Interviewers consider interviewees who fail to learn what they can about a company from readily available material as showing a lack of serious interest in the company. It also may be viewed as an indication that you do not prepare adequately for a task, a characteristic the interviewer may assume will apply on the job, as well. Typically, failure to learn about the company is telegraphed by your asking questions that are answered in company brochures, or making comments that indicate you have not read that material.

    When you have researched the company, though, dont feel you have to force all the information you learn into the interview. For example, saying, I happened to notice that your sales revenues increased 4.2 percent in the last two years and that net after-tax earnings, after allowing for special adjustments, increased 6.84 percent. Thats very good. would be taken by an interviewer as showing off. On the other hand, asking, Do you expect your recent rate of increased earnings to continue this year? would be appropriate. Remember that the

    Interviewing is almost never easy, but the suggestions in this passage could be just what you need to land your dream job. Read the passage. Then answer questions 1 through 6.

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  • primary purpose of gathering information about a company is to inform you, not to impress the interviewer.

    Learn what you can about the interviewer if you know who he will be. This will be more diffi cult than getting information about the company, but you may be able to learn something by asking another interviewer who has already interviewed you, or by asking your prospective interviewers secretary.

    There may be other sources, as well. I recall one candidate who particularly impressed me. Between the time he wrote to me and I wrote back asking him to give me a call, Tom had determined that one of his former law professors and I had coauthored an article some ten years earlier. Hed done that simply by looking for my name in an index to legal periodicals. Tom later became my law partner, and brought the same thorough approach to resolving client problems as he did to his own job search.

    Seeking information about your interviewers does carry some risk. You will want to do it tactfully, and in moderation. You wont want to come across as if you were the FBI (unless, perhaps, you are applying for a job with an investigative agency).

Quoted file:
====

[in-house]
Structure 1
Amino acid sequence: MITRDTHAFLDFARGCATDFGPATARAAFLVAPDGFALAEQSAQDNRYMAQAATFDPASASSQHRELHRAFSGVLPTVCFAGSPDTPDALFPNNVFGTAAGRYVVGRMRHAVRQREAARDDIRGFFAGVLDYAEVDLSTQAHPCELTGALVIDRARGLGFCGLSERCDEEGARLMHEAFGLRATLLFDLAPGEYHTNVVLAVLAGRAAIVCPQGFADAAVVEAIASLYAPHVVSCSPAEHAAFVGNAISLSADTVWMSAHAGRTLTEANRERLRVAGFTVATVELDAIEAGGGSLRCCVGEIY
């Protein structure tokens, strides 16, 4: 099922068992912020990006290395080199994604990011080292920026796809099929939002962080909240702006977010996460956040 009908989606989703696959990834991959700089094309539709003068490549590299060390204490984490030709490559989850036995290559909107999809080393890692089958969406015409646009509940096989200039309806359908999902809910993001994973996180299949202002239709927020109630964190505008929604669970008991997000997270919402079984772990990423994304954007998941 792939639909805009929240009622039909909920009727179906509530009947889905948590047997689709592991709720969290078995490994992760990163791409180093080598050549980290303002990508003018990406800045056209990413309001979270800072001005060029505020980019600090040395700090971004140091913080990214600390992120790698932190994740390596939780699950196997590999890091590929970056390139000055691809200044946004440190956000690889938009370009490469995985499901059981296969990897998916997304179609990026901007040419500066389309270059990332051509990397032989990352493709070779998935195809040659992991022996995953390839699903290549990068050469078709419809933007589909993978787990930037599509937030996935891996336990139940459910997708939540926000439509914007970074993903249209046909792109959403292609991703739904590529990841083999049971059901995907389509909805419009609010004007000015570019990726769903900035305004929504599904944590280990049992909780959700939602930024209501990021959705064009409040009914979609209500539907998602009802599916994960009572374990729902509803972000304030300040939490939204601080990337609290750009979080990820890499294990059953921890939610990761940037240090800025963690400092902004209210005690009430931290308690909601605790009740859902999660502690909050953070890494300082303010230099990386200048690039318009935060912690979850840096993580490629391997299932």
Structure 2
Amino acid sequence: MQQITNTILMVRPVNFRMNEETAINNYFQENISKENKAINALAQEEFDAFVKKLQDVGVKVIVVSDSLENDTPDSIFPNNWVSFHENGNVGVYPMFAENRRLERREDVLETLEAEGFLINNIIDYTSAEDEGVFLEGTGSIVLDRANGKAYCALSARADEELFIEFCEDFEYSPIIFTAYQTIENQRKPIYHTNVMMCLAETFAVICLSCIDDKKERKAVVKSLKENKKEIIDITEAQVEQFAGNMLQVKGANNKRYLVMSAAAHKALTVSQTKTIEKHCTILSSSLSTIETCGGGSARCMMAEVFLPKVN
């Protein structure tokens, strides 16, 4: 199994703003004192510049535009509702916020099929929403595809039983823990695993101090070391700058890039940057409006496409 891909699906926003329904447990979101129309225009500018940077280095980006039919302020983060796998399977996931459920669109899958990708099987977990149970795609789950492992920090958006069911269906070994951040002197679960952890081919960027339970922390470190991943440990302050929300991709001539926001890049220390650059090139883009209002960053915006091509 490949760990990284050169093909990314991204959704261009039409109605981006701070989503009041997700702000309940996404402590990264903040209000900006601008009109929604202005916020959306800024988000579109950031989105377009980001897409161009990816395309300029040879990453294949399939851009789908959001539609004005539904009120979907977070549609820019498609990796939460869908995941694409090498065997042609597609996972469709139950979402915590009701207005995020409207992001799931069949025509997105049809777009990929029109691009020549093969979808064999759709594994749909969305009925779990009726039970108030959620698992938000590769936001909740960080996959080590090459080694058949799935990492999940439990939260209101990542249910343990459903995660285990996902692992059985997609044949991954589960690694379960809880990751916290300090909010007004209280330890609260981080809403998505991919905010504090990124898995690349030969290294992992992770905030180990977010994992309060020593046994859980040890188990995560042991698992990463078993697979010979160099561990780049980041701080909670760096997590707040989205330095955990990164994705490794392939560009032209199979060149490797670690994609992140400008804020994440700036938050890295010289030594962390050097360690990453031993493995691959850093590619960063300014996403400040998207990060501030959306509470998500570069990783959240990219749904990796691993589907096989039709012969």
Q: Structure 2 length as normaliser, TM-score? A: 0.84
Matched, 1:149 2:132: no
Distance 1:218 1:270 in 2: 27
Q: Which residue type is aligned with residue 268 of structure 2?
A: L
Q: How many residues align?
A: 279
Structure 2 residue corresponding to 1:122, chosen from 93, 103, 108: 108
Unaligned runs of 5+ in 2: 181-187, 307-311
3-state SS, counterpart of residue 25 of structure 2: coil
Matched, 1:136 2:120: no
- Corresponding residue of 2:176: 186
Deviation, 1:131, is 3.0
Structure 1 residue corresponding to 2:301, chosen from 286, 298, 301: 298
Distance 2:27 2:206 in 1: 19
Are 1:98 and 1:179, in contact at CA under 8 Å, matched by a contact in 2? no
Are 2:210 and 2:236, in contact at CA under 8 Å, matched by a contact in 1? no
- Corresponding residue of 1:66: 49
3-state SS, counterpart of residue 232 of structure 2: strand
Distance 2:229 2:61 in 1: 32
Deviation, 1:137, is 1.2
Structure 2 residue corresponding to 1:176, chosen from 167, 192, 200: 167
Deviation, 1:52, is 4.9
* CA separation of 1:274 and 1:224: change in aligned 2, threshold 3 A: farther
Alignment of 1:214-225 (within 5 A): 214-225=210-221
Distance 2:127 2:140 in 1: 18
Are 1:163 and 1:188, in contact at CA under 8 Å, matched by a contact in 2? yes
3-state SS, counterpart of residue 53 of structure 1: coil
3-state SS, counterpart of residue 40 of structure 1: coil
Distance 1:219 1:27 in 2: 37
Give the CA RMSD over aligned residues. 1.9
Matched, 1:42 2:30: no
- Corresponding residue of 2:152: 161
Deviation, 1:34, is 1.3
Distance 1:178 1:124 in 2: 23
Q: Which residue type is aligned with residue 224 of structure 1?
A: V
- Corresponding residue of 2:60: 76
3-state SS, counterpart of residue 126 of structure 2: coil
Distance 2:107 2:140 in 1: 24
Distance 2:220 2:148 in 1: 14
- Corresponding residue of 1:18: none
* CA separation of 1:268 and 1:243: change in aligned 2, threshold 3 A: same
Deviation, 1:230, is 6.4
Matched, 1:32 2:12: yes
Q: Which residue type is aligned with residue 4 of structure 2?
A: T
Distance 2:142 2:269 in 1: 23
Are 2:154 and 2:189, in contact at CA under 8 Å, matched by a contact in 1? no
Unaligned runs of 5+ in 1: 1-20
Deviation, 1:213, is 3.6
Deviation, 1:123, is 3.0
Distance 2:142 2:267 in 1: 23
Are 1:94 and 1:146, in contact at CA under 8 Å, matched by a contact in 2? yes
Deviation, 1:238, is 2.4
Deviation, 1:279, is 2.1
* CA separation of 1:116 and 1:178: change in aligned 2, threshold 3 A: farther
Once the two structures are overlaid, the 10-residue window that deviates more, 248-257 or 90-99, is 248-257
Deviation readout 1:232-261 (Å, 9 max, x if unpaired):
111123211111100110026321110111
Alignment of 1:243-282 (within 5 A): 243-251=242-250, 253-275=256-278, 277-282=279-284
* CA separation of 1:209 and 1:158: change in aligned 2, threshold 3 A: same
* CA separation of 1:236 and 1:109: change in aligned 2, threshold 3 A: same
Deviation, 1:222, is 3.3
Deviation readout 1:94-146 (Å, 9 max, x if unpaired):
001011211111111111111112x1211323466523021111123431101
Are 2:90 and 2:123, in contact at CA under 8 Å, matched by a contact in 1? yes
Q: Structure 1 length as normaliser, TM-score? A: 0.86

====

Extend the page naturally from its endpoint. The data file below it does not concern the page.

Allow plenty of time for the interview. Scheduling interviews so that you have to rush off to another appointment will brand you as discourteous, not important. To avoid this problem, fi nd out before you interview how long you will be expected to be at the company.

    Clear your mind of other matters before the interview. Have in mind what characteristics about yourself you would like to get across in the interview.

    Review everything youve done in the past for evidence of these characteristics. You may have done some things that will be impressive to an interviewer that you have taken for granted.

    Review each item on your resume to consider whether an interviewer is likely to ask about it, and why. Formulate some messages and information you would want to convey for each entry. Be prepared to address weak spots or gaps in your resume if there are any.

    Have in mind questions that are important for you to get answered at this stage in the interview process.

    If this is a second-round interview with the company, recognize that the fi rst interviewer you saw in your screening interview must have liked you. Make that interviewer your ally and mentor for future interviews. Dont hesitate to call that person for advice or with questions. Do this in moderation, however. Generally, one call is enough. If you make too many calls, you may convert your ally into an opponent, making her wonder why she ever liked you in the fi rst place.

    Periodically review the tips for interviewees contained in this book.

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  • Answer the following questions about the passage Interviewee Preparation.

    1 Based on the passage, a reader can infer that the most important part of interview preparation is

    A practice.B research.C timing.D appearance.

    2 According to the passage, during the actual interview, the candidate should notA ask any questions.B show knowledge about the interviewer.C comment on the companys earnings.D be in a hurry.

    3 According to the passage, the primarypurpose for gathering information about a company before an interview is to